The last time “Harry Potter” fans were able to read new material about the boy wizard was back in 2007, when “Harry Potter and the Deathly Hallows," the seventh and final installment of the series, was published. Thankfully, all is right in the world once again, because there is another “Harry Potter” story in the works. The new story is not a novel, but instead a two-part London play called “Harry Potter and the Cursed Child." According to Pottermore, the play picks up where the epilogue of “Deathly Hallows” left off. The Blair Partnership recently announced that with the help of Little, Brown Group in the UK and by Scholastic in the U.S. and Canada, the play’s script will be published for fans to read on July 31, 2016, a date fans may recognize as Harry Potter’s birthday.
I would be lying if I didn’t admit how scared I am that “Cursed Child” won’t live up to my expectations, but I’m just happy to find out that I don’t have to fly all the way to England to see the play (I’m not ashamed to admit that I looked into studying abroad in the London for the sole reason of seeing this adaptation). The original “Harry Potter” books were fantastic, but I still have some questions for J.K. Rowling about the future of Harry, Ron, Hermione, and friends. I reread the epilogue and and based on that, here are six questions I want answered in “Harry Potter and the Cursed Child”:
1. Which house does Albus Severus Potter get in to?
This may be the most important question for Albus in the play, because it was the most important question he asked in the epilogue. You would think it would be obvious that he goes to Gryffindor because of both Harry and Ginny’s family history, but the whole point Harry was trying to make when speaking to Albus is that it doesn’t matter which house he gets in. I think if Albus were to be sorted into Slytherin, it would be a really interesting plot twist.
Think about it; why is this play starting once Albus goes to Hogwarts? The play could have started with James, Albus’s older sibling and Harry’s firstborn son, but James will already in Gryffindor by the time the play starts, so it’s unlikely that he’s the cursed child. If Albus is in Slytherin, all of the Slytherins will hate him, because when Harry defeated Voldemort at the Battle of Hogwarts, all of the Death Eaters would have been shamed in the magical community, and their children would grow to hate Harry Potter. Perhaps what makes Albus the cursed child is that he is forced to live up to his father’s legacy, all while still trying to figure out who he is as an individual.
2. Is Harry the cursed child?
Harry Potter will always be the boy who lived, and in the epilogue, he says his scar has not hurt for 19 years, since Voldemort was defeated. What if the the play, which apparently begins moments after the epilogue, is the story about Harry’s scar hurting once again? If this is the case, Harry will need Ron and Hermione to figure out what’s going on.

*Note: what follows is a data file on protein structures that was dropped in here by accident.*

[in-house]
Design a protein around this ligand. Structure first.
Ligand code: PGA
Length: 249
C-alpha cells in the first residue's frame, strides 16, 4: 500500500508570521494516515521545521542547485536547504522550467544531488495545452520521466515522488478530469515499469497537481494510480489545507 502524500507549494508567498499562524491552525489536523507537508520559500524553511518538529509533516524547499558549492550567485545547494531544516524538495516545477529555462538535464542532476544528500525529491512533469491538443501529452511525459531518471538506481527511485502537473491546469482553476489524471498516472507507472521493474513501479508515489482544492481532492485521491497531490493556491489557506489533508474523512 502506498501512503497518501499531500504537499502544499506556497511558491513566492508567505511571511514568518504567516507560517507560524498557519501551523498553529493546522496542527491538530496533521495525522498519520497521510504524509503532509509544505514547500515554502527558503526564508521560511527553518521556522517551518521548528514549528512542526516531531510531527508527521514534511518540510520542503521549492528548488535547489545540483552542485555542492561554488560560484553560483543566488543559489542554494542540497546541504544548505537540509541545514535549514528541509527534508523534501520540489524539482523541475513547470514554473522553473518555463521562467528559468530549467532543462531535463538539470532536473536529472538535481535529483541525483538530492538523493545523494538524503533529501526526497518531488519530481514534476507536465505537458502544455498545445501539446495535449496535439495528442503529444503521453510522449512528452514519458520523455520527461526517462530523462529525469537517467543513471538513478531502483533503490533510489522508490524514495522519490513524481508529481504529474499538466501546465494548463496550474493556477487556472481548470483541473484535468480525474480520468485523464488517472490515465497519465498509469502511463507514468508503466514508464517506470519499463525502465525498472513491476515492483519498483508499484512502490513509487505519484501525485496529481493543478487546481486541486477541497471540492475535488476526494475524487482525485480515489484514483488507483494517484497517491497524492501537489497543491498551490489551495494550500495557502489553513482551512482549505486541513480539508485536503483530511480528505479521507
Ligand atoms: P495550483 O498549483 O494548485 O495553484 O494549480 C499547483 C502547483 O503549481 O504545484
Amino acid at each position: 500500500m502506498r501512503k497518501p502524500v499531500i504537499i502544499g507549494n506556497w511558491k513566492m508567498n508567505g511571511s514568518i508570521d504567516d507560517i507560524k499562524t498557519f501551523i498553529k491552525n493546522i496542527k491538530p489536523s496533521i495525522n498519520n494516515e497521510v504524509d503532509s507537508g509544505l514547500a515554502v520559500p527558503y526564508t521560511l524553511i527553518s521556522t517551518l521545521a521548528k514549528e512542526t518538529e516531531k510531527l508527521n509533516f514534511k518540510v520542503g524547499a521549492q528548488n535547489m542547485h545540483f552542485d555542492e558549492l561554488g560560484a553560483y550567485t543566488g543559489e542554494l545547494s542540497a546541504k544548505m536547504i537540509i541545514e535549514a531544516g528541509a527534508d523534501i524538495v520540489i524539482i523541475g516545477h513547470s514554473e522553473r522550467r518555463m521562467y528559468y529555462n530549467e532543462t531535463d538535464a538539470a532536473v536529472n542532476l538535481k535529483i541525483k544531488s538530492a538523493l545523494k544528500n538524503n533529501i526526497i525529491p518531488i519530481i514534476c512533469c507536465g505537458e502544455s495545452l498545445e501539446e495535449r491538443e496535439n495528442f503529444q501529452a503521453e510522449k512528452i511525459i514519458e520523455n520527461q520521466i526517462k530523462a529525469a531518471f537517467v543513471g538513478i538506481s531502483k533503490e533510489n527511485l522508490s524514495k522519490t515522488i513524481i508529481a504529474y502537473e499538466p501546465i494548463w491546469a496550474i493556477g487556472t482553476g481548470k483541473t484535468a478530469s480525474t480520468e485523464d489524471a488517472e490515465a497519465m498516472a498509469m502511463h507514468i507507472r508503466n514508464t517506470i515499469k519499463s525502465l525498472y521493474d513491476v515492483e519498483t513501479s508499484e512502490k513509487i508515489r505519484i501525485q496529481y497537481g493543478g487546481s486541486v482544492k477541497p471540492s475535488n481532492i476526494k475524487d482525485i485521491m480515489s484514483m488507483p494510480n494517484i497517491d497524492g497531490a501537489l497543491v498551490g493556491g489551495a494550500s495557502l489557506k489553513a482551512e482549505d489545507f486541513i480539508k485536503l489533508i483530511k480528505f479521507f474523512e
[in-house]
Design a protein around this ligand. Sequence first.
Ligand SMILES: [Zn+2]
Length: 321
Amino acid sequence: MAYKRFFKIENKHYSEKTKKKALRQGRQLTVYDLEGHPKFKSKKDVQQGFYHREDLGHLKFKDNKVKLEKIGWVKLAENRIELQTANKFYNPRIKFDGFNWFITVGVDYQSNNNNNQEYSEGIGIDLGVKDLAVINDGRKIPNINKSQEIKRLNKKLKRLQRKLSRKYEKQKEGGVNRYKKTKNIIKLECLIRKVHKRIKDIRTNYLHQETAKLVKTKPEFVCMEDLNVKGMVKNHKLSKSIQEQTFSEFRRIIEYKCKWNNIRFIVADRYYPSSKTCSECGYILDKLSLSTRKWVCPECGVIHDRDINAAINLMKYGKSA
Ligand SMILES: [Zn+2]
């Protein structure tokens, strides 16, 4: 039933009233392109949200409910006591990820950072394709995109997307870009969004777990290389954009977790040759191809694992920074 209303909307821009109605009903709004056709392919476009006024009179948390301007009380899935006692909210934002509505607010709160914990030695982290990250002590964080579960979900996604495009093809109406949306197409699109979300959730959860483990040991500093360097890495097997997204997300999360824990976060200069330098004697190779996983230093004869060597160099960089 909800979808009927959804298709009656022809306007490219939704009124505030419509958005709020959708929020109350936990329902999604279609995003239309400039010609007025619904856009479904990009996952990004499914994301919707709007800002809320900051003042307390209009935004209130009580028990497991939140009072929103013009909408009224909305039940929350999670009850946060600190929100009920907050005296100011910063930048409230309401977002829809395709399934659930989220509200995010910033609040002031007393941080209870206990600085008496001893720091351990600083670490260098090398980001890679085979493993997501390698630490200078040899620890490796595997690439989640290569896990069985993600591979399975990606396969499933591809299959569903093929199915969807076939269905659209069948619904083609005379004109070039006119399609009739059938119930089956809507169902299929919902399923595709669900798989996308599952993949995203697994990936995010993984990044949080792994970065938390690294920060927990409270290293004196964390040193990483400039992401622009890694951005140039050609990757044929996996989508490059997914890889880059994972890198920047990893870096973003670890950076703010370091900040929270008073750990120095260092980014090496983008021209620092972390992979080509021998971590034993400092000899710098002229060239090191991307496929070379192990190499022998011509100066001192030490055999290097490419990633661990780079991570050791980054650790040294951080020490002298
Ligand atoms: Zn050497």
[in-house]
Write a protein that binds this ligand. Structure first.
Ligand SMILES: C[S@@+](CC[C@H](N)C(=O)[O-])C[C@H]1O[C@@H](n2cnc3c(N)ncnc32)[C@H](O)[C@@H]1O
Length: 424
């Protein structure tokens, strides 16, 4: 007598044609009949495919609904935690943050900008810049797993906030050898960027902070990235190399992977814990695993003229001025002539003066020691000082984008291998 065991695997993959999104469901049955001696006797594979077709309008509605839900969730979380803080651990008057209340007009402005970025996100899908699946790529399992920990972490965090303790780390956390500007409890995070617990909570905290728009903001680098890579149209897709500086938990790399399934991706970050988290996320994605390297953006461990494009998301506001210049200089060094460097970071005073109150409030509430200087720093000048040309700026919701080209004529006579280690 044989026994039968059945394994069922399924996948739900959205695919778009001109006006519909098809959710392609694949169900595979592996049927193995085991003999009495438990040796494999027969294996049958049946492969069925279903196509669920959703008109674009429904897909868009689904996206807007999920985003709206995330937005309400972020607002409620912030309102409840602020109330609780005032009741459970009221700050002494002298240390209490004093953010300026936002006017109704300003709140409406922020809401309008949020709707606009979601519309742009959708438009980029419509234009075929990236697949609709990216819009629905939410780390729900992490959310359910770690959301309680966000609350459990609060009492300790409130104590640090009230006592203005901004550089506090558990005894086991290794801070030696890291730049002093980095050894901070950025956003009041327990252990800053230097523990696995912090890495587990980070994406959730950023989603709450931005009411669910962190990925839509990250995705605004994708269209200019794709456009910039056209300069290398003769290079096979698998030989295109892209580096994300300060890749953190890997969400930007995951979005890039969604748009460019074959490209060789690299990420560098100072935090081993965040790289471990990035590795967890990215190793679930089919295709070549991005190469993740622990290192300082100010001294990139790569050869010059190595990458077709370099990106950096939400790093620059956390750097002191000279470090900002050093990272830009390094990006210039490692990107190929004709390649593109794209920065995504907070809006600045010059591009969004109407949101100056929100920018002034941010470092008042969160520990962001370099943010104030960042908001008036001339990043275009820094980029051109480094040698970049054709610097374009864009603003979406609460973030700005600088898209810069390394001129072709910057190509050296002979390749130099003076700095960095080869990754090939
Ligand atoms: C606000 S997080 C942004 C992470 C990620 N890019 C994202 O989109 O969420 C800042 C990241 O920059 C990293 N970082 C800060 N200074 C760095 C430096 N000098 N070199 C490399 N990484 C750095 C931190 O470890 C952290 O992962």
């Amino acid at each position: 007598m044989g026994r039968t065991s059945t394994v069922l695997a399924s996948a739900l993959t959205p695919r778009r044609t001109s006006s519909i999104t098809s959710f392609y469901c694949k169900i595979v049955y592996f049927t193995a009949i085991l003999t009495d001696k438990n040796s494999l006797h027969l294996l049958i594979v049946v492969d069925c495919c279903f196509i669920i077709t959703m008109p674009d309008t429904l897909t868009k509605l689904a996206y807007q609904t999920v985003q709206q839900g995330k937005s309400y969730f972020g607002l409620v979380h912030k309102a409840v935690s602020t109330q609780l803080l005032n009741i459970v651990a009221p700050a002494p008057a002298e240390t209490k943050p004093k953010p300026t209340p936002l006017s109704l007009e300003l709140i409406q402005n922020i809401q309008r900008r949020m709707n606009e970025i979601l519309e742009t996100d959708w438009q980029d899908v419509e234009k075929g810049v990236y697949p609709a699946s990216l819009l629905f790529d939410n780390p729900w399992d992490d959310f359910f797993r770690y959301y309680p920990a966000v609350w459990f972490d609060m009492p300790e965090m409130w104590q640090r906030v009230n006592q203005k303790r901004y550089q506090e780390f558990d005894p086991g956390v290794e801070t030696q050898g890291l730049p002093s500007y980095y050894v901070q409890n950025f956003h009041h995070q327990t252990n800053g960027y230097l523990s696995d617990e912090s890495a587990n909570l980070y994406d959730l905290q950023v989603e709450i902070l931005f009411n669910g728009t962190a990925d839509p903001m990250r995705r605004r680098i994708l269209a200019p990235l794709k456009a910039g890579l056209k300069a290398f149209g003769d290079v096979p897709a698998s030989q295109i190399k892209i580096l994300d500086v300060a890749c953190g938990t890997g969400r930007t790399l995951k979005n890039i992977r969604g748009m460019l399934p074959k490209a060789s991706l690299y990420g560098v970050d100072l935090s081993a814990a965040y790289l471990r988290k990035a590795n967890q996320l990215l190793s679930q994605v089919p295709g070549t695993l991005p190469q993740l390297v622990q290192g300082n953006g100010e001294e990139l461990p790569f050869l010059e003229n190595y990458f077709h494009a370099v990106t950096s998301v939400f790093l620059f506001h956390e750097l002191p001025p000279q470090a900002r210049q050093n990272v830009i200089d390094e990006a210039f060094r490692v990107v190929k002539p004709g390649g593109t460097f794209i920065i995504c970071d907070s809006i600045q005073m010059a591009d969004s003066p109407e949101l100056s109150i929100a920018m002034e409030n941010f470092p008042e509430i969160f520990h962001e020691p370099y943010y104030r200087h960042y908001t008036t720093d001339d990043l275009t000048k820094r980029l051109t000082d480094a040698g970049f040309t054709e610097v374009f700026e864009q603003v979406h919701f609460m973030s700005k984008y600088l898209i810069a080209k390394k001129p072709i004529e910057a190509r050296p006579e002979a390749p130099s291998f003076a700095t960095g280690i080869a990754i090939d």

3. How much of the play will Harry, Ron, and Hermione be in?
If there are two parts to the play, there could be two completely different locations and stories, but I’m assuming most of the play will involve the original three heroes. If all of "Cursed Child" is seen through the eyes of Albus, then it could have easily been a spin-off series instead of a play. There are the actors who were cast as Harry, Ron, and Hermione in the play and apparently have large roles, so the play can’t be too much about the new generation of witches and wizards.
4. Will there be another dark wizard to defeat?
Just because Voldemort is gone, that doesn’t mean there won’t be someone else who will try to avenge his death. After all, that’s what the new “Star Wars” movie is about, and there were a lot of Death Eaters who survived the Battle of Hogwarts.
5. Is this play going to be depressing?
We already have “Death of a Salesman,” we don't need “Harry Potter” to remind us how much it sucks to be an adult. I loved the epilogue, because it reassured me that Harry’s story gets a happy ending. I don’t want to read about Harry and Ginny going to marriage counseling because they are still with their high school sweethearts. I don’t want to read about Harry’s unfulfilling job he decided to pursue at the age of 15. I don’t want to read about how hard it is for a parent to send their child to boarding school, though I have a strong feeling that the “empty nest syndrome” is going to be a main theme of the play, considering that the poster for the play literally has a child in a bird’s nest.
6. If the last sentence in “Harry Potter and the Deathly Hallows” is “All was well,” they why is this play even happening?